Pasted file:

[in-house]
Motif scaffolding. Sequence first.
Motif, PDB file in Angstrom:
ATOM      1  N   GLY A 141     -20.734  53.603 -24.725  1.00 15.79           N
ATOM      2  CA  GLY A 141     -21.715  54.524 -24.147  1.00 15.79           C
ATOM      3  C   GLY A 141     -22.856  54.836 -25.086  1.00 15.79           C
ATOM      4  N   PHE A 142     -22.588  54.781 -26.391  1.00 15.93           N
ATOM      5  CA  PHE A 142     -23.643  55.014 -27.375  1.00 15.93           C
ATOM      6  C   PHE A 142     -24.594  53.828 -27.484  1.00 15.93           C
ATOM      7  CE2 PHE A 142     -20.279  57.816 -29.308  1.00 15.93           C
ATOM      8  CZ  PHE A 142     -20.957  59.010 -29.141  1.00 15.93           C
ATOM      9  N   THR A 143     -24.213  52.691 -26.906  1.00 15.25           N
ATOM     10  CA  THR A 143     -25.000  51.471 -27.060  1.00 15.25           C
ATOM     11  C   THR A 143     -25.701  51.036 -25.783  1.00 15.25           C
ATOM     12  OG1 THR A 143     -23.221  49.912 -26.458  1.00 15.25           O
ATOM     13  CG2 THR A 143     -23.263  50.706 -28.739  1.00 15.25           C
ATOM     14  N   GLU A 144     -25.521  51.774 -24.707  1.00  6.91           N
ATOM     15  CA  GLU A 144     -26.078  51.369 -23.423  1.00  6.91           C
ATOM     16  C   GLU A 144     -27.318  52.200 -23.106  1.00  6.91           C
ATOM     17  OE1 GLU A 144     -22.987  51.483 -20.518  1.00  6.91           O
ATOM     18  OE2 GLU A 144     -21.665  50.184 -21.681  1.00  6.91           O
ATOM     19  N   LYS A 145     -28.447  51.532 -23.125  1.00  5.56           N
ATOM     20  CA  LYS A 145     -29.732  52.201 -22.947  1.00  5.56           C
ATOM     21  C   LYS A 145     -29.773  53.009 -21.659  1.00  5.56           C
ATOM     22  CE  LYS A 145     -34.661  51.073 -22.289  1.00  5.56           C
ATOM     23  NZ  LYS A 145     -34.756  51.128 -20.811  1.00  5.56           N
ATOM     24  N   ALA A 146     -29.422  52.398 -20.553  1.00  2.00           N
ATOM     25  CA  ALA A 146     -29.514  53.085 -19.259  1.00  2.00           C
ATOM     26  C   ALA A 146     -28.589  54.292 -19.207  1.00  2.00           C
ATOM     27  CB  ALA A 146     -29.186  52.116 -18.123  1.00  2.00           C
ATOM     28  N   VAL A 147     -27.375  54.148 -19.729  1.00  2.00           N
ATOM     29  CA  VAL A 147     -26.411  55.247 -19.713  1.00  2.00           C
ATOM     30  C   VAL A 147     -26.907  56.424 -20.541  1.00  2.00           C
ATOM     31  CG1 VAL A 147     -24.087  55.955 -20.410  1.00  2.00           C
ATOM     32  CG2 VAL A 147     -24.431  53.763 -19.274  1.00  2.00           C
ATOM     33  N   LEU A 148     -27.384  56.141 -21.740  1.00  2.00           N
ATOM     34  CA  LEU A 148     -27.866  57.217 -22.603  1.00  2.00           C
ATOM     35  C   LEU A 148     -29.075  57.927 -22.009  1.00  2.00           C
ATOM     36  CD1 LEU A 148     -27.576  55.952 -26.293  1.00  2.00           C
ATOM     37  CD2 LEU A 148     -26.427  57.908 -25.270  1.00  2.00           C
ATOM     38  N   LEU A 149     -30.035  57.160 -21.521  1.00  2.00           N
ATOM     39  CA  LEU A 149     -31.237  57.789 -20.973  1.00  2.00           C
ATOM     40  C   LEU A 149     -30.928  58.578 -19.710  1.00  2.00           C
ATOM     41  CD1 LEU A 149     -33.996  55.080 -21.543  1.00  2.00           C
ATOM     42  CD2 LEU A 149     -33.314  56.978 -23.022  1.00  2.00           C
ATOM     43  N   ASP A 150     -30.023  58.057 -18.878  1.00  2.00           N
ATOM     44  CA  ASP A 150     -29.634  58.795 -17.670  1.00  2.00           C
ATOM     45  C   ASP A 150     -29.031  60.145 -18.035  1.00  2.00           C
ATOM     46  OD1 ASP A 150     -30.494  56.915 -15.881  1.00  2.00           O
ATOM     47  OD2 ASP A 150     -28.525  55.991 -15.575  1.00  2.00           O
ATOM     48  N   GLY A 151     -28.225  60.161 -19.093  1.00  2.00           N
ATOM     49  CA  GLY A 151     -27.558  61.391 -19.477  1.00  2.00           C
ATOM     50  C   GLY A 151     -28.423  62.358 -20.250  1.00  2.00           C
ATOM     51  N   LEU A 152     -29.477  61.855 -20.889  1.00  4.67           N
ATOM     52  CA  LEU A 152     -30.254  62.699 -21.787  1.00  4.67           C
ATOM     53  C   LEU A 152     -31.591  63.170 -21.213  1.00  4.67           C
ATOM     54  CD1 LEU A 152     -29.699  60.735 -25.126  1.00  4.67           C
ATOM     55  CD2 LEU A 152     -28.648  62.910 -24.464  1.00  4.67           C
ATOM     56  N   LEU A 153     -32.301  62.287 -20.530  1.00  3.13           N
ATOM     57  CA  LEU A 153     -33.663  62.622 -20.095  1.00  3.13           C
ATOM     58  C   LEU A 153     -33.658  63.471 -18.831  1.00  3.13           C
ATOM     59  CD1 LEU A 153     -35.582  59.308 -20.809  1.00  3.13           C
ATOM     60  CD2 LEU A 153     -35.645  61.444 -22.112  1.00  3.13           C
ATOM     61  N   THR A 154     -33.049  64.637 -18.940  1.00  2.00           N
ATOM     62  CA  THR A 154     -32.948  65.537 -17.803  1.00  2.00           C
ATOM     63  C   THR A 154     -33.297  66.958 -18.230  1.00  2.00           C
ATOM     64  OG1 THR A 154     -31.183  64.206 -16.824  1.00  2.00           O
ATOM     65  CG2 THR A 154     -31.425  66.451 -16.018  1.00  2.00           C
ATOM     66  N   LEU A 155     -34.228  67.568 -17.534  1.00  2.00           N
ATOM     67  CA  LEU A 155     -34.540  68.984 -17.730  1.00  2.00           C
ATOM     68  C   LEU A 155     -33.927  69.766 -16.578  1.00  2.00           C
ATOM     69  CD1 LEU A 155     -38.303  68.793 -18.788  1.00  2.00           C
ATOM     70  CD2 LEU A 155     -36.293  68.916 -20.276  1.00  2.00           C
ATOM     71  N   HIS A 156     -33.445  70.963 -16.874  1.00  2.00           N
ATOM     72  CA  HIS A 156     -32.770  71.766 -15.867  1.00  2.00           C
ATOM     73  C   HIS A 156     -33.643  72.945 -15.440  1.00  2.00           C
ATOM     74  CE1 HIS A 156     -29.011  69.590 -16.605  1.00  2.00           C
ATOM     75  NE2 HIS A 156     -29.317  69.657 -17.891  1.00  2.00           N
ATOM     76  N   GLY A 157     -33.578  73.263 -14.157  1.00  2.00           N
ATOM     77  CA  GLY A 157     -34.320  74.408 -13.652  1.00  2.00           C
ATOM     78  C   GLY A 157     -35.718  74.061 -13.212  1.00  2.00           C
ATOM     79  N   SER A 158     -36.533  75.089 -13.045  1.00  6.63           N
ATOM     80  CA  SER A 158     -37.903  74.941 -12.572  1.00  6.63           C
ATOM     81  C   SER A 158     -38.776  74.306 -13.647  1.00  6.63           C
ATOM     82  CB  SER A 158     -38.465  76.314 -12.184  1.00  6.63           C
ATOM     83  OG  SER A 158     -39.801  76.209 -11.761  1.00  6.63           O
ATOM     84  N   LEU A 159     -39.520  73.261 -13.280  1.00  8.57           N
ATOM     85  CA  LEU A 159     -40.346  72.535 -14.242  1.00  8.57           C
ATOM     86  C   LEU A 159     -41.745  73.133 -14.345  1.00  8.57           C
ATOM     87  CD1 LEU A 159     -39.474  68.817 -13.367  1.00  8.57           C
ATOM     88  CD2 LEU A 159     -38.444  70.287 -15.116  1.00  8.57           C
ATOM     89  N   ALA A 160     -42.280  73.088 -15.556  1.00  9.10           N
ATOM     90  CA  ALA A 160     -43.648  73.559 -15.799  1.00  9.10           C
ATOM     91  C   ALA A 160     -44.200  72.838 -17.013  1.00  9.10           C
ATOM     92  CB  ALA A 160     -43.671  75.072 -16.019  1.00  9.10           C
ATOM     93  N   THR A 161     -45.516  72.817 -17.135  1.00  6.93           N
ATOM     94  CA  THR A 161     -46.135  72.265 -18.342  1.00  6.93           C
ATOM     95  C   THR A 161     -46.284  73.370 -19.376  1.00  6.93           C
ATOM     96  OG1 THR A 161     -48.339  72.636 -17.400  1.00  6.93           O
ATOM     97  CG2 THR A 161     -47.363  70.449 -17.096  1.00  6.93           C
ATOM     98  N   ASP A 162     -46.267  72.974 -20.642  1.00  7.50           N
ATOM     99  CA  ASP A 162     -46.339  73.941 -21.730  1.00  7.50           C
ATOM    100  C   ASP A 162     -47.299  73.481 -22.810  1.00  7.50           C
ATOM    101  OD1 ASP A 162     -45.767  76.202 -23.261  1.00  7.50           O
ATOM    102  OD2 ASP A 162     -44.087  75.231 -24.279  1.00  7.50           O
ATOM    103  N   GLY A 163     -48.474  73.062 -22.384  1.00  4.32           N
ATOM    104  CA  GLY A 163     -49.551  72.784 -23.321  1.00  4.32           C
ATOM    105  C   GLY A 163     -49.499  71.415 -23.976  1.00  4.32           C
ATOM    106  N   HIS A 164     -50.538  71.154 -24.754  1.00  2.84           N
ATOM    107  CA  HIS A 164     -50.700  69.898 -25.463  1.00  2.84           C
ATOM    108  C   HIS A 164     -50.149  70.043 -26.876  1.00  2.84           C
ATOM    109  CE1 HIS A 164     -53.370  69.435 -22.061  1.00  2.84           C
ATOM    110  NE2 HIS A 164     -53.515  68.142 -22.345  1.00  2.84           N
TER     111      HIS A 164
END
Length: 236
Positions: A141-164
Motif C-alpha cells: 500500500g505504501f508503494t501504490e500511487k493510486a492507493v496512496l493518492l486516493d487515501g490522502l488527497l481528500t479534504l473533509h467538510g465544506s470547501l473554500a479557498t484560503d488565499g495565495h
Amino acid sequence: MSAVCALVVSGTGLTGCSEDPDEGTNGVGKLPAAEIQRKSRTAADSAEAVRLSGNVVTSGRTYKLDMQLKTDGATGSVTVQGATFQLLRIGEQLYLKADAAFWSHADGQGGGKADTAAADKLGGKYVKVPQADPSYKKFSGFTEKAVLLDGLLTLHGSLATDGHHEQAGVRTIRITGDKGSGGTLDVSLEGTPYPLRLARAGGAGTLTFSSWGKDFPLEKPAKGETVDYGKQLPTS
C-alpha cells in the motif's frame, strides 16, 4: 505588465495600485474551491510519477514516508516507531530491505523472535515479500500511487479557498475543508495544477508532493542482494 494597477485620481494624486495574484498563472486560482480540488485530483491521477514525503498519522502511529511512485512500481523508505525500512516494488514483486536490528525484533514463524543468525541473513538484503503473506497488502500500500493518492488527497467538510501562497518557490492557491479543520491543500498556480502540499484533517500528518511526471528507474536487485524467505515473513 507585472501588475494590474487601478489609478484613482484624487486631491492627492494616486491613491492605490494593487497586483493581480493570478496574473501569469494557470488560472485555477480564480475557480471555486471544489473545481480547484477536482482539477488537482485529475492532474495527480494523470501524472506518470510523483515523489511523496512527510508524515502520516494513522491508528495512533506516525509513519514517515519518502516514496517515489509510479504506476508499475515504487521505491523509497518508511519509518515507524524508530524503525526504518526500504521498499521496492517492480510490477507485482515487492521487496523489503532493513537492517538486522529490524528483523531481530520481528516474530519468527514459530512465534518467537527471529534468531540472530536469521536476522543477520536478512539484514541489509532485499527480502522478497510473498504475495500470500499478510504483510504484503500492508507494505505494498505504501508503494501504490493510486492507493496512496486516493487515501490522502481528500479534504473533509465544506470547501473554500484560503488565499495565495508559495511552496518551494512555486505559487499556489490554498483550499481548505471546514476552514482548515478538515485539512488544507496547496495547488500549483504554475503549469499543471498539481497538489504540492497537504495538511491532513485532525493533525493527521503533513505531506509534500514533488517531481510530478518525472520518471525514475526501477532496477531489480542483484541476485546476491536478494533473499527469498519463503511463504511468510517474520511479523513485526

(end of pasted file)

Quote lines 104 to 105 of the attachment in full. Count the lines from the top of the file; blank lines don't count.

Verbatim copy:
ATOM    101  OD1 ASP A 162     -45.767  76.202 -23.261  1.00  7.50           O
ATOM    102  OD2 ASP A 162     -44.087  75.231 -24.279  1.00  7.50           O